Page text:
For today’s content marketer struggling to attribute revenue to their actions, the single most important task is tying numbers to your actions. And at Conductor, we’ve seen our clients drive impressive traffic, conversion, and revenue gains after making simple changes to their content. So, buckle up, get your tracking in place and watch as the changes you make start to make a noticeable difference in your content’s performance.
How can you track your content? There are a number of great content tracking and reporting tools. One we recommend? Content Activity Reporting in Conductor Searchlight.
Content Activity Reporting automatically tracks changes to your page’s content on a week-by-week basis and plots them over time alongside your organic traffic. You’ll be able to measure gains in traffic and easily tie them back to specific actions you made during your content audit. In addition, you can cluster all the pages you’ve updated into a group, and view the success of your content audit on a macro-level.
Aside from Content Activity Reporting, you can rely on your analytics platforms to help you monitor individual and groups of pages. Be wary, not every analytics platform can’t track the on-page changes you make. So be sure to record every action you take in a log, either through Google Sheets, Microsoft Excel, or some other tool.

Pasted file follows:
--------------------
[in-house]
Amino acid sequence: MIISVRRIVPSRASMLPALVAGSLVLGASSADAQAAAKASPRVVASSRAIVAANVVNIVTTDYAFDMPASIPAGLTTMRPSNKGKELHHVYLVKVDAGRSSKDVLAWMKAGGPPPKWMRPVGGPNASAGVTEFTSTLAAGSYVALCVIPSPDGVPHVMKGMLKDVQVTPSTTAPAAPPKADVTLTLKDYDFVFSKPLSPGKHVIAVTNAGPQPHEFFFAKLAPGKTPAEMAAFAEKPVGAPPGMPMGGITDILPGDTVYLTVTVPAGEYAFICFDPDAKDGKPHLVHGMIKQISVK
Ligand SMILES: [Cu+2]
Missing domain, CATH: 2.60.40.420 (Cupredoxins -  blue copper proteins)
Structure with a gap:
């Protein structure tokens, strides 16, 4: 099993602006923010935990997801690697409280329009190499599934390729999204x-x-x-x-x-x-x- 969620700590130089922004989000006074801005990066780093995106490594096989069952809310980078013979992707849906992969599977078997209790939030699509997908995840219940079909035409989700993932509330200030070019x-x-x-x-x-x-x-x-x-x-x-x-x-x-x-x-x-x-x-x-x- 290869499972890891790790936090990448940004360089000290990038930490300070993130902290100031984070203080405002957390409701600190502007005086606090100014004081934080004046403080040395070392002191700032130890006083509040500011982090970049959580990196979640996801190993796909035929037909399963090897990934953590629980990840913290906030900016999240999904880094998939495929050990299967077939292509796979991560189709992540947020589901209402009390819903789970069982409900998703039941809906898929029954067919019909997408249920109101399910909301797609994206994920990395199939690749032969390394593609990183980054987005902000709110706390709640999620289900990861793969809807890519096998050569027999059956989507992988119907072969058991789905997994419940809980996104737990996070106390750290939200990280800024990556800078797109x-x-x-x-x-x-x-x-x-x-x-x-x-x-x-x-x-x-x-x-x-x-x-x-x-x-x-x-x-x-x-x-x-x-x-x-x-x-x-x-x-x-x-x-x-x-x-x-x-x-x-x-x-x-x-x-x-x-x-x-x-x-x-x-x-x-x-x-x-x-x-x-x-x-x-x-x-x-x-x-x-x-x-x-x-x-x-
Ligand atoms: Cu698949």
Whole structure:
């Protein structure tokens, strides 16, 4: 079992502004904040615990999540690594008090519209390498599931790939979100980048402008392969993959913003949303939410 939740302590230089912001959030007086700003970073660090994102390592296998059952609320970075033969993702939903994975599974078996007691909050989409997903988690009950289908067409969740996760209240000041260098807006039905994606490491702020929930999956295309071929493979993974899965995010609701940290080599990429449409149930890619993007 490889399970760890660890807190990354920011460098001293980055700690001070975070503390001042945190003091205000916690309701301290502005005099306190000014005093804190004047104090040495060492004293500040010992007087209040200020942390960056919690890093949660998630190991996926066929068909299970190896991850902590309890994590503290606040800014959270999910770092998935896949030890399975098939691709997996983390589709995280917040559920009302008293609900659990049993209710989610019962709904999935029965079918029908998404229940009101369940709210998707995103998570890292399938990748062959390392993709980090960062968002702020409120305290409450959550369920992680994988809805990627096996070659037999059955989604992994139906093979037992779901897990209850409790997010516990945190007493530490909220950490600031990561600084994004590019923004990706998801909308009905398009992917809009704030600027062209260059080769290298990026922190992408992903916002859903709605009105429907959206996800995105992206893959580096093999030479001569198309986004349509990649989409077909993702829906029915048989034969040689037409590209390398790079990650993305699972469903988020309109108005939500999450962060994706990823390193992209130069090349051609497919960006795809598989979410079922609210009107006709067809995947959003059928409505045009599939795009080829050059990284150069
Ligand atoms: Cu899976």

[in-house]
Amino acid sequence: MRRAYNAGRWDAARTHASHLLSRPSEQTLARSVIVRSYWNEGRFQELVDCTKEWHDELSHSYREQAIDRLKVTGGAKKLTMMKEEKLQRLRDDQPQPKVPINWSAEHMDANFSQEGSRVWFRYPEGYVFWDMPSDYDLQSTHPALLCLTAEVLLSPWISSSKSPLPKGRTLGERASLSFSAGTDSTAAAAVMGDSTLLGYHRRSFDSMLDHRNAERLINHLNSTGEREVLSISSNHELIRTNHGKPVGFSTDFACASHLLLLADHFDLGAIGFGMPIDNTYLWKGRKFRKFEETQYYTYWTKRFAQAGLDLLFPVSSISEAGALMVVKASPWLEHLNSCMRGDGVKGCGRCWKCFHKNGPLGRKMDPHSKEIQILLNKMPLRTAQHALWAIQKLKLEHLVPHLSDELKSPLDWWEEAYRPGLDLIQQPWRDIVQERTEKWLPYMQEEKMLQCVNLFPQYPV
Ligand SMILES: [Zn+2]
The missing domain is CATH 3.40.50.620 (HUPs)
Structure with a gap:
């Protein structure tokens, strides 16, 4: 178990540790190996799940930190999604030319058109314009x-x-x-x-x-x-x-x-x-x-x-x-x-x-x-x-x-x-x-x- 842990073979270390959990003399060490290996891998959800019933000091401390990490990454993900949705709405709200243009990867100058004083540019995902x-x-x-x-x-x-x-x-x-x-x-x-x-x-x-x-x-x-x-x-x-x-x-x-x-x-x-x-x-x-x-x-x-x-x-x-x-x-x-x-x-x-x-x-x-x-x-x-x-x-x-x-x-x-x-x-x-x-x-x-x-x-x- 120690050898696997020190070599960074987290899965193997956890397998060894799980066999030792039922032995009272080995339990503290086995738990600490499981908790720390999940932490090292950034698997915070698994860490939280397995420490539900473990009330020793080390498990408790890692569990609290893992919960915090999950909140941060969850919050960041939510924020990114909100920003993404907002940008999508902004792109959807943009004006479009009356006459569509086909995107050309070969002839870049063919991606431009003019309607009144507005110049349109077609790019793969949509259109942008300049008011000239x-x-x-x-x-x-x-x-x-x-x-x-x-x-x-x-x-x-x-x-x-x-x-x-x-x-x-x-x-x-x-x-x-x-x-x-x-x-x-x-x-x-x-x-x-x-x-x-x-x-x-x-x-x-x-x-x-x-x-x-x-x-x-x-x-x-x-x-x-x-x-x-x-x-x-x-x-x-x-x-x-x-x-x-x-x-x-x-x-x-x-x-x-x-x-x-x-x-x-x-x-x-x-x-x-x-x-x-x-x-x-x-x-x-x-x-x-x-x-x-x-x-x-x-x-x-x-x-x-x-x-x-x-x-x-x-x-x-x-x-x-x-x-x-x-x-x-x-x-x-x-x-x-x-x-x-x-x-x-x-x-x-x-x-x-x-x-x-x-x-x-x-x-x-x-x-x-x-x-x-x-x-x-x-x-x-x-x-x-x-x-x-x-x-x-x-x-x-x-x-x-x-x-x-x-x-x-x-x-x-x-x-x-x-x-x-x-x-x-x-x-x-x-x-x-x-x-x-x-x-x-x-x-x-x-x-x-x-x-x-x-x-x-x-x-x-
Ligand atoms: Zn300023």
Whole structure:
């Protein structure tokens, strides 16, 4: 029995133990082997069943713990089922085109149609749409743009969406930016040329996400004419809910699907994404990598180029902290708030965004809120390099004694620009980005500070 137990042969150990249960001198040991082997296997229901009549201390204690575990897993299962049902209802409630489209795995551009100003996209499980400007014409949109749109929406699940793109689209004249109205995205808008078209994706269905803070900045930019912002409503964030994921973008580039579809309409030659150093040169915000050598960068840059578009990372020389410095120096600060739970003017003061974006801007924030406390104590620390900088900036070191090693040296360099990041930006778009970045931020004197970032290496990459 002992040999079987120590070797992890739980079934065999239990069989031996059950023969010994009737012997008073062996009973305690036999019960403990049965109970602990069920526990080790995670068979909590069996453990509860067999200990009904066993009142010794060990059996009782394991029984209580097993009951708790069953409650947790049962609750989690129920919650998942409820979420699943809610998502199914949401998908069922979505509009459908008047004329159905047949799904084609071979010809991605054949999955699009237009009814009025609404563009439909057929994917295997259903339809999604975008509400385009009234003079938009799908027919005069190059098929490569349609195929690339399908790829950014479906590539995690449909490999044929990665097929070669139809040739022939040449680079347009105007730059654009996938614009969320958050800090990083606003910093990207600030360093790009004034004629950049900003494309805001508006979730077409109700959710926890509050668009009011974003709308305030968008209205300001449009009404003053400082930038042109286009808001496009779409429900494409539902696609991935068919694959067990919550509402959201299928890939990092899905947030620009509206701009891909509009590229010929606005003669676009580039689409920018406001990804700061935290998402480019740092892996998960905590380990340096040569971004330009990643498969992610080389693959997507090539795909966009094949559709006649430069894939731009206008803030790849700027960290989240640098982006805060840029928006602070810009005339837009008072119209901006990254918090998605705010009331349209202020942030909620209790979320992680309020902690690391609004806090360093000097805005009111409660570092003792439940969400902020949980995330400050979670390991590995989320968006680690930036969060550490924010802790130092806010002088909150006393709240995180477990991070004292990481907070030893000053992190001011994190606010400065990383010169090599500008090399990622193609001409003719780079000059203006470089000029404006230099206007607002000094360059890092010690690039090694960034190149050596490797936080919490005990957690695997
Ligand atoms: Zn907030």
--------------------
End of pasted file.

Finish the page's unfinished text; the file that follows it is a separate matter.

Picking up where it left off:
4. Use Your Audit Insights to Inform Your Content Strategy
We’ve talked about the bad, but what about the good? Your content audit will unearth as many of your successes as it does your problems. As you audit, take note of what’s worked for you in the past. Is one of your buyer personas responding well to your content? Which of your past pieces are standout successes?
Whether your team revisits your content marketing strategy on a quarterly, half-year or yearly basis, you’ll want to craft your future strategy based on what’s proven to work for you. If you can use your content audit data to nail down exactly what has worked for you in the past, you’ll be able to craft a content strategy that will help you hit all your future goals.
The long and short of this? While content audits can be messy, take a lot of time and energy, and distract from creating new content, you should keep auditing constantly. The future of content marketing will be informed by data, and lots of it. So, don’t fear the audit. Embrace it.